Now, it’s spring and the play is “1776”   Oh, my goodness.  I’m so glad we didn’t start with this, I wouldn’t have been able to do it.   30 men’s colonial outfits.  Consisting of breeches, coat, vest and shirt.   We cut it down by sewing sleeves to the vests.  We found most of the breeches in the “attic”   But they have never done a play in the Colonial era so the rest, with very few exceptions are all made from scratch.  

We are nearly 4 weeks into it - with just two weeks to go to get most of the rest of the costumes completed, plus a ball gown.   We have recruited a couple of sewists who have worked with UGF previously, and I’ve farmed out a total of 6 garments.   I’ve recruited my cousin, Shelley to start sewing, too.  She has been sewing on buttons and doing some hand sewing for us - that will help tremendously.  

We have, as of today, 12 costumes completely finished, 11 nearly so and the rest we’ve merely selected the fabric - but even that is a big help.   Most of those left will require major adjustments - like tailoring men’s patterns to fit women, since we have about half the Continental Congress being acted by women.  There are only two female parts in the play - Martha Jefferson and Abrigail Adams.   Abrigail’s dress is finished, the other - is just partially cut out.

The ball gown -   This is going to be so special.  Two actresses are playing the part, so the dress has to fit one who wears size 0 and the other size 8 - 14 (according to the measurements on the pattern.  The skirt is huge.   The entire dress takes 42 yards, oops, make that 54 yards, I mis-calculated the tulle.  At least it is the cheapest fabric.   The floor length skirt is made up of 8 layers:   1 of satin, 1 of mesh, 4 of tulle, (these all white)  1 of the most luscious pink frilly stuff, and topped off by iridescent organza.   The top is fitted

with lacy sleeves.

I’m headed for the thrift store this morning, to pick up a sheet to use to make up the mock-up of the top.   (much cheaper than buying muslin for the purpose)  ((must keep an eye on the budget don’tcha know?))

In addition to all the costumes, all the men and a few of the gals need period wigs.  Not to mention, buckles for their shoes, and a few hats, and handkerchiefs - some very lacy, and Jabots and cravats - Joye is in charge of neckwear.

I’m down to the point that all I do is on the sewing machine - any handwork will be done by volunteers and Shelley.   Other than that I have to make pattern adjustments and cut out fabric.   Enough to keep me quite busy?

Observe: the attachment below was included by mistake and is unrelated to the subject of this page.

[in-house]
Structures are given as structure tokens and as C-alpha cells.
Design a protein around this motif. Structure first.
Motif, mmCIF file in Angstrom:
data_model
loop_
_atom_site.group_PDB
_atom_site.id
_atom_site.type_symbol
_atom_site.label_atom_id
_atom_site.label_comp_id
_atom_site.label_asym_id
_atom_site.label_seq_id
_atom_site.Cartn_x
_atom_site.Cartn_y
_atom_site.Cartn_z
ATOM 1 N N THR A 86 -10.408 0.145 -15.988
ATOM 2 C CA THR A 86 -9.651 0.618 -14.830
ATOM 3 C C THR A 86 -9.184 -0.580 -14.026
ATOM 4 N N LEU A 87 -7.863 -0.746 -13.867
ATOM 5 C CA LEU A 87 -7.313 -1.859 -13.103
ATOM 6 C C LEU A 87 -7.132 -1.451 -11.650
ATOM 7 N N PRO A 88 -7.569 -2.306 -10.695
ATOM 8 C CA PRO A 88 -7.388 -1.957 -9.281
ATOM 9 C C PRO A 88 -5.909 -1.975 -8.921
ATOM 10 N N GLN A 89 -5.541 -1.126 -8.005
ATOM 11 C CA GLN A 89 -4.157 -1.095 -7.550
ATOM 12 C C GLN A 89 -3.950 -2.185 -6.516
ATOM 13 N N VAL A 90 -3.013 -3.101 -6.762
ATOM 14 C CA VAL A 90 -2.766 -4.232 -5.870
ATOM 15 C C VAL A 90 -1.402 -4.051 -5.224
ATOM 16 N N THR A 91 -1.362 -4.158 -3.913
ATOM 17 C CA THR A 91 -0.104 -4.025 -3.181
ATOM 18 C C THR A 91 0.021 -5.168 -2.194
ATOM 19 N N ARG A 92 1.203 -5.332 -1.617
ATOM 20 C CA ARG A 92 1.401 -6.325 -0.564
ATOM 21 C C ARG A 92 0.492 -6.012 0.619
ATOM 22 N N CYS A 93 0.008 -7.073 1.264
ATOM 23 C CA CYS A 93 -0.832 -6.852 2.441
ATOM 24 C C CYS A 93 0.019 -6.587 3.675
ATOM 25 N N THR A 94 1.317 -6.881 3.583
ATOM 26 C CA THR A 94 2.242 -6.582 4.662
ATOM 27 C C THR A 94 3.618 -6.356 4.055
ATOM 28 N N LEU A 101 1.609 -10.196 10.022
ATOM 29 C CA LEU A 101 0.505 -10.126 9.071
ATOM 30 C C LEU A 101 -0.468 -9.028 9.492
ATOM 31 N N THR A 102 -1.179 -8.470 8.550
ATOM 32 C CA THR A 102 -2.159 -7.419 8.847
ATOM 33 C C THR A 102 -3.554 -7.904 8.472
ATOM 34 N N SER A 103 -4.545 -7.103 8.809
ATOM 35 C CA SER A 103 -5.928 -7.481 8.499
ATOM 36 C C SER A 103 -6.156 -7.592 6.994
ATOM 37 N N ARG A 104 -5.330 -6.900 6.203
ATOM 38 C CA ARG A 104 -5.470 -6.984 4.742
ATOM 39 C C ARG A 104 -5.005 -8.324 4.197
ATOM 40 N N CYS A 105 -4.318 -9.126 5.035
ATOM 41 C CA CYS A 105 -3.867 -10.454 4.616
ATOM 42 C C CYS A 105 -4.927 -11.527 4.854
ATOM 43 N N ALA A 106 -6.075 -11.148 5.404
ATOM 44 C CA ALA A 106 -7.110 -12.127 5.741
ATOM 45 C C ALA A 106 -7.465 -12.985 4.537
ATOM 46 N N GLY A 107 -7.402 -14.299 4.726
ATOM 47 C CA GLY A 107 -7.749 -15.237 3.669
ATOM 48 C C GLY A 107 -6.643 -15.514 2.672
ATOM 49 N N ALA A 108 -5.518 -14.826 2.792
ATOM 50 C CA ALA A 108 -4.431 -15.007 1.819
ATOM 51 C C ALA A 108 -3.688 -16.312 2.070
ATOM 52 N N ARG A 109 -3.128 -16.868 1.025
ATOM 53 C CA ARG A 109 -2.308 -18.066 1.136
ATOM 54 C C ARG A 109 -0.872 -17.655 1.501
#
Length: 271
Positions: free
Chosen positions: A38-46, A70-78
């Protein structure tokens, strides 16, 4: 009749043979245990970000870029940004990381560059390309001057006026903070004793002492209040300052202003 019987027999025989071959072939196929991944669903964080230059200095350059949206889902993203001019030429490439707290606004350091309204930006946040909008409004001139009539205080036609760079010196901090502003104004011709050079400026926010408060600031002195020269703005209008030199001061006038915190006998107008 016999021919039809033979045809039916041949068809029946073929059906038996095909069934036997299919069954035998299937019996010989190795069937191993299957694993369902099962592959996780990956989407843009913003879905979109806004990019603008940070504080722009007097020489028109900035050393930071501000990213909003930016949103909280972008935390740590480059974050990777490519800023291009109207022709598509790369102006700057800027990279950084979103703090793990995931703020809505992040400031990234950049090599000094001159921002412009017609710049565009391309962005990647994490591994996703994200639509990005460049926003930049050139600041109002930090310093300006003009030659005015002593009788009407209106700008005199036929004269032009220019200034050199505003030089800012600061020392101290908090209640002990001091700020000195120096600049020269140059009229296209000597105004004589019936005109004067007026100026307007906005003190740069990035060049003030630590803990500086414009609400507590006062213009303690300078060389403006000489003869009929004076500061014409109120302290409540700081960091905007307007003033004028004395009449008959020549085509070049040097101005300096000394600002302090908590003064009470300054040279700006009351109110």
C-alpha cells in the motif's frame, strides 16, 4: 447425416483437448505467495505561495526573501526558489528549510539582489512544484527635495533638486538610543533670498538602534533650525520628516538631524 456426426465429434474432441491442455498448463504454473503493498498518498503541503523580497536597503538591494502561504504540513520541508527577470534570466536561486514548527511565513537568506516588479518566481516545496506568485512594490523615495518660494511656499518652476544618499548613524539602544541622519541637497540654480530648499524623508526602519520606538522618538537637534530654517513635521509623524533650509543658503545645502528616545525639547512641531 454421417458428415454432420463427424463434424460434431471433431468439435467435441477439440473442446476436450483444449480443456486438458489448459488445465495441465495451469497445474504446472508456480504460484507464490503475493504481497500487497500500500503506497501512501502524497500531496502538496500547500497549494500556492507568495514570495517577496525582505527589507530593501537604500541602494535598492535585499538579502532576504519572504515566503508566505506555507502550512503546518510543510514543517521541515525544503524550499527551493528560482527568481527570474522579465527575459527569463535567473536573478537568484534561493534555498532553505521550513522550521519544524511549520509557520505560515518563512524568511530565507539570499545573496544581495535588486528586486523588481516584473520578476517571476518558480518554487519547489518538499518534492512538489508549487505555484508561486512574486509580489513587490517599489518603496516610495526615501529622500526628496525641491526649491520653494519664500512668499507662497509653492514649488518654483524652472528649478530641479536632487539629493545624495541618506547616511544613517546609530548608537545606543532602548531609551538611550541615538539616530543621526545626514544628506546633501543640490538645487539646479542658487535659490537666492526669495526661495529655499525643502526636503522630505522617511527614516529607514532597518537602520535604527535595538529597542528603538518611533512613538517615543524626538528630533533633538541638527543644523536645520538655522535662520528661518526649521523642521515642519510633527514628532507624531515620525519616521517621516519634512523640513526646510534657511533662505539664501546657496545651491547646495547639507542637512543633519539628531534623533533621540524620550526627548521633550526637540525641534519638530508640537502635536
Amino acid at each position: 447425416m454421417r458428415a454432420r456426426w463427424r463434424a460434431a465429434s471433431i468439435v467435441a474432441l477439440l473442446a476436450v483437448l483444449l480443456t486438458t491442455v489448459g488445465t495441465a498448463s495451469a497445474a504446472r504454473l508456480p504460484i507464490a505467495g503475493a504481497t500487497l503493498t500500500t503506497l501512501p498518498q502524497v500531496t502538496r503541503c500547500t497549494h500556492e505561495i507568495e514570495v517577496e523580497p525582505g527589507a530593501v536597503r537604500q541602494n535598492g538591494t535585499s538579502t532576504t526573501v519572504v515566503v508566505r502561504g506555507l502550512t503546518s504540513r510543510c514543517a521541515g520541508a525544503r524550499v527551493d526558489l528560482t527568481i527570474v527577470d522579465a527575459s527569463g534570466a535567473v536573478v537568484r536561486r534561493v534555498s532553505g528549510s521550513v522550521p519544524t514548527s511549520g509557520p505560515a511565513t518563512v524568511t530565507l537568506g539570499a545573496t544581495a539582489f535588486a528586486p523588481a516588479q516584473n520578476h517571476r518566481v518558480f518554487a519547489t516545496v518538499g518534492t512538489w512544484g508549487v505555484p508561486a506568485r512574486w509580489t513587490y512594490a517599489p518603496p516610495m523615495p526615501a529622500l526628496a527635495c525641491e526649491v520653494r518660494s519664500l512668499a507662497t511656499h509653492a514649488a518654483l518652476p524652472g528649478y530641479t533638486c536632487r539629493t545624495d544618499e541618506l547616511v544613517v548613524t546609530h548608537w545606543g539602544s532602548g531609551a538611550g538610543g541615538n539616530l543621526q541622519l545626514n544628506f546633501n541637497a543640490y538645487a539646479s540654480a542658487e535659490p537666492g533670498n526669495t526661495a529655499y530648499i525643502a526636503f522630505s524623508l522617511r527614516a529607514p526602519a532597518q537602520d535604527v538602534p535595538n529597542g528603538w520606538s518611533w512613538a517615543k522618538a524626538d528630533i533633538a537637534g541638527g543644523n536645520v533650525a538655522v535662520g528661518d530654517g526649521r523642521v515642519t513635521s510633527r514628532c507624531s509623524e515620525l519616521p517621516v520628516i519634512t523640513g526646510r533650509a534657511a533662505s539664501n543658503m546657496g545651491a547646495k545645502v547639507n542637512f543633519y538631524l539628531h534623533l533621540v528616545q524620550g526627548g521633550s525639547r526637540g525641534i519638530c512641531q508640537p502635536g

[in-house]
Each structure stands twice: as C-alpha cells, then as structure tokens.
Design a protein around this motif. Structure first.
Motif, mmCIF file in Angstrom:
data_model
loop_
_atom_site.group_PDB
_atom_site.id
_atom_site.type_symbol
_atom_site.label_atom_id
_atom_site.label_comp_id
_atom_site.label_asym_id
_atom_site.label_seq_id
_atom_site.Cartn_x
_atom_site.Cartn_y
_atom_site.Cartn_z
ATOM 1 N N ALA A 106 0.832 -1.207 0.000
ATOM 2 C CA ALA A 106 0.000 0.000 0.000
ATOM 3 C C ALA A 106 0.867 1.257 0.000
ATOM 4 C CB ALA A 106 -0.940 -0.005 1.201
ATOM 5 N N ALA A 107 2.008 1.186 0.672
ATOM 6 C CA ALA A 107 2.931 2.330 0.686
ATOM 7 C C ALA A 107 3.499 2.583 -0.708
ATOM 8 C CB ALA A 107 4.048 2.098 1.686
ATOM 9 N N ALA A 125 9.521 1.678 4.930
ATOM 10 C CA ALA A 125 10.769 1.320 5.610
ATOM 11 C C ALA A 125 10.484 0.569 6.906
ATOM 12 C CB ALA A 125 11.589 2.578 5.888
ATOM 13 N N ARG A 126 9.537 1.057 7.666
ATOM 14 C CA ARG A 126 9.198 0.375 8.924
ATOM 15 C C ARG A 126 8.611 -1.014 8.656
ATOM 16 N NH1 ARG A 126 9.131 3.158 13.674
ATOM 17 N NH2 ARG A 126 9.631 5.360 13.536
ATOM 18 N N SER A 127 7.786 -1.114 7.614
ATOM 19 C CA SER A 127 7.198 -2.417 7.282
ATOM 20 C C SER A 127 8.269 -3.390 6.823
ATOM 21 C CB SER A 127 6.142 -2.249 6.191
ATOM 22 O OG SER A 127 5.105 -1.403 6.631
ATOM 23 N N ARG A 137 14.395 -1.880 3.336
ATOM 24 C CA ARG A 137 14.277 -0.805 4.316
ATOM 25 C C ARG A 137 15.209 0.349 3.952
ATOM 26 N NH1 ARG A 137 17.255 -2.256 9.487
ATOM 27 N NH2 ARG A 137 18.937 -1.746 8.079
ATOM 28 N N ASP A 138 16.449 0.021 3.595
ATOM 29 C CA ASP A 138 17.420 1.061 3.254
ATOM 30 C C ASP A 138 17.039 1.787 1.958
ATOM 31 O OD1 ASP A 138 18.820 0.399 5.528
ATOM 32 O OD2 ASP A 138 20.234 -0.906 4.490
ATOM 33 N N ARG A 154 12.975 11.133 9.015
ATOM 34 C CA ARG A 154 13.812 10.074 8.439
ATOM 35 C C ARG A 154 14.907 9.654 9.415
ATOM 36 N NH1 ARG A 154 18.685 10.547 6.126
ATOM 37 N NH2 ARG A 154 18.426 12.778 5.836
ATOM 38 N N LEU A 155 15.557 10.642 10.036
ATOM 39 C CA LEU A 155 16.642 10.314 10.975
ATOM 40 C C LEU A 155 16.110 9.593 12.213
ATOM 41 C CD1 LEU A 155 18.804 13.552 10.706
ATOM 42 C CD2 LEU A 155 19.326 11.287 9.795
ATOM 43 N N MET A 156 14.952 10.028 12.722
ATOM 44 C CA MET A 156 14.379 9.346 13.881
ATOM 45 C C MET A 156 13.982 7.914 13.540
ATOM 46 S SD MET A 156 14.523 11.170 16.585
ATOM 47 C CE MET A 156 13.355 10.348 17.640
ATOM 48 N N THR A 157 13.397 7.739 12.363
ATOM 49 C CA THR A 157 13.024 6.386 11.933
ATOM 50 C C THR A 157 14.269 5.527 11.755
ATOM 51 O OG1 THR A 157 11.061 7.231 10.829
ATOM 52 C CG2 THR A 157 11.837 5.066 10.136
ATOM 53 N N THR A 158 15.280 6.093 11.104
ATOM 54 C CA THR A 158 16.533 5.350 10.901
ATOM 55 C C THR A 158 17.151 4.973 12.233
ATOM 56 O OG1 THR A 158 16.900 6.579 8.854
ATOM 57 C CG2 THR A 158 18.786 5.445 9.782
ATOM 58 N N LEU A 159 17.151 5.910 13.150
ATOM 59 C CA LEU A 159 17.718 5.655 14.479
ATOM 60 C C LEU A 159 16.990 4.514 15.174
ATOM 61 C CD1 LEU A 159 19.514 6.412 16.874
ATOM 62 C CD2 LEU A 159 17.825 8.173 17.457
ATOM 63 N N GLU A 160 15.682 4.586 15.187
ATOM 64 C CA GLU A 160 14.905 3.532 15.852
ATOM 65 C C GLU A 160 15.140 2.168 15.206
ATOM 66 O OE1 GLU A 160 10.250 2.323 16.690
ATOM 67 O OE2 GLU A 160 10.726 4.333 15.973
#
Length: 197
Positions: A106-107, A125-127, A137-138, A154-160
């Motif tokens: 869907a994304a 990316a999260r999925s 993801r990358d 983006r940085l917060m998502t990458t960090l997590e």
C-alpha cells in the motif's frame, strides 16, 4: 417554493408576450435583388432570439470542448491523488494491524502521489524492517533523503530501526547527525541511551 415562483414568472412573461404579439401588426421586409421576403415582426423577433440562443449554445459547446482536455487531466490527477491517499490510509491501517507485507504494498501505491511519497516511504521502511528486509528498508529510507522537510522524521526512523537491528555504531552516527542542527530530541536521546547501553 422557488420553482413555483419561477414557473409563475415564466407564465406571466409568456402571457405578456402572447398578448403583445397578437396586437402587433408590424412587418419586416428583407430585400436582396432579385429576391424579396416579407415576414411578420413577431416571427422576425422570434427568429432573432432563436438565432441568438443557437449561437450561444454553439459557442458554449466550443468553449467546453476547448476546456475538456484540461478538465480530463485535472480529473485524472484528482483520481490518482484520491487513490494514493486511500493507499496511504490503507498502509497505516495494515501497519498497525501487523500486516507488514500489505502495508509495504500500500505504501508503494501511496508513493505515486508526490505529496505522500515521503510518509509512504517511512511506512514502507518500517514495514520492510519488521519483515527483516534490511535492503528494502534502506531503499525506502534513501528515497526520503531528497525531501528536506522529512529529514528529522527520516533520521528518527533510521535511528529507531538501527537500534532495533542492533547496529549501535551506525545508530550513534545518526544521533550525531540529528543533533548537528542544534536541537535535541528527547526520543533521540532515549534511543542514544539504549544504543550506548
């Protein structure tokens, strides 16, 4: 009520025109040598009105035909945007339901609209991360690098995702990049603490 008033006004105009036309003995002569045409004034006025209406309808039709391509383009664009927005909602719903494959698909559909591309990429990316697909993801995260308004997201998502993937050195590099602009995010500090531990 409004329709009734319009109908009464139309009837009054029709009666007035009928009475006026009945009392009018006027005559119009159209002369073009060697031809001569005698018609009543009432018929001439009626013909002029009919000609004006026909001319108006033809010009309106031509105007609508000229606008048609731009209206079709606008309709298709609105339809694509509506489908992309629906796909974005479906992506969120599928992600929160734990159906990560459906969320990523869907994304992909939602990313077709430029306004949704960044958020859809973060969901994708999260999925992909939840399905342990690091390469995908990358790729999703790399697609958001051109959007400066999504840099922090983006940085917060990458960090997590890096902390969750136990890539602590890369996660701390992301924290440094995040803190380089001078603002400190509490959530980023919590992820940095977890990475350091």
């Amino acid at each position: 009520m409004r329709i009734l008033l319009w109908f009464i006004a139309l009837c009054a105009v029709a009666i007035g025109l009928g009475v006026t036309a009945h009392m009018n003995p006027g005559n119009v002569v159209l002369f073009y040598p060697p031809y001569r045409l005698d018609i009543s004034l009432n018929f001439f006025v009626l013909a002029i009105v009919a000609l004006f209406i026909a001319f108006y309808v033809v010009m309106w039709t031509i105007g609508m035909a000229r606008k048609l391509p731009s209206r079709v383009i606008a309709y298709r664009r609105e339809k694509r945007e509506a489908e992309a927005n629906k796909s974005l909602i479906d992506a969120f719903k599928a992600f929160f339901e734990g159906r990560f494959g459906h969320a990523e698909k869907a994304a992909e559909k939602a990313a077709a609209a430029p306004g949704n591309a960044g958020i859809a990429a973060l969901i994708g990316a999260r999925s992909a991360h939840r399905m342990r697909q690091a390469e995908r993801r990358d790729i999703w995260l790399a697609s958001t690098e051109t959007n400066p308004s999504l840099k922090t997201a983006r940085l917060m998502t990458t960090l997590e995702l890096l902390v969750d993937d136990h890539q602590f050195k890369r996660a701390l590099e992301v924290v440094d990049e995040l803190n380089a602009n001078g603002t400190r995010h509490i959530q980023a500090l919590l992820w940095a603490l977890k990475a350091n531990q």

Those outfits we’ve finished are wonderful, and everyone is quite pleased with their costumes.

I’m not including any photos here, It will take me a  while how to re-learn how to do it.


It is now May 1 and it is all over.    The beautiful white ball gown turned out to be the dress from hell.   Trying to fit it on the two different actors was a nightmare -  each had fears of it falling down,  One because she is so curvaceous, and the other because she is very slim.   Finally, with just two performances to go, I got it all figured out, and both felt comfortable in the dress.

It has been 8 weeks of 12 - 15 hours at the green room.   Exhaustion didn’t hit me until the last week, and then it hit hard.  We went through periods of giggles, and Joye was frequently banging her head on her sewing machine, or beating it up.

The performances went very well and was very well attended.  The first play I’ve watched multiple times - it was that good!!!

Matt, who played Richard Henry Lee of Virginia - is my favorite.   The character is so boisterous and energized, and so is Matt.  He had a small part, but he remained with you.  What got my attention was when he was quietly sitting in his place, and all of a sudden, it was as if his face turned on like a light bulb - and washed out everyone else.  I guess that’s what is called “stealing the scene”  

We had many compliments on the costumes.   We had four of the actors ask if they could purchase their costumes after the play.  That really made me feel good.   I heard several comments that this was the first time they had ever had costumes custom made for them.  And it’s true.  We had stacks of fabric - where to begin.  Finally, I picked up a piece and said to Joye, “who does this remind you of?”   She made a choice, and we were off to the races.

I broke the news to the Director that I wouldn’t be back for the fall show, inf act, probably not til spring, if then!!!!!

I’m hitting the road, people.  More Adventures to write about.   I’ll spend the summer camp hosting and planning out the fall and winter travels.

Catch you later

“She believed she could do it, so she did!”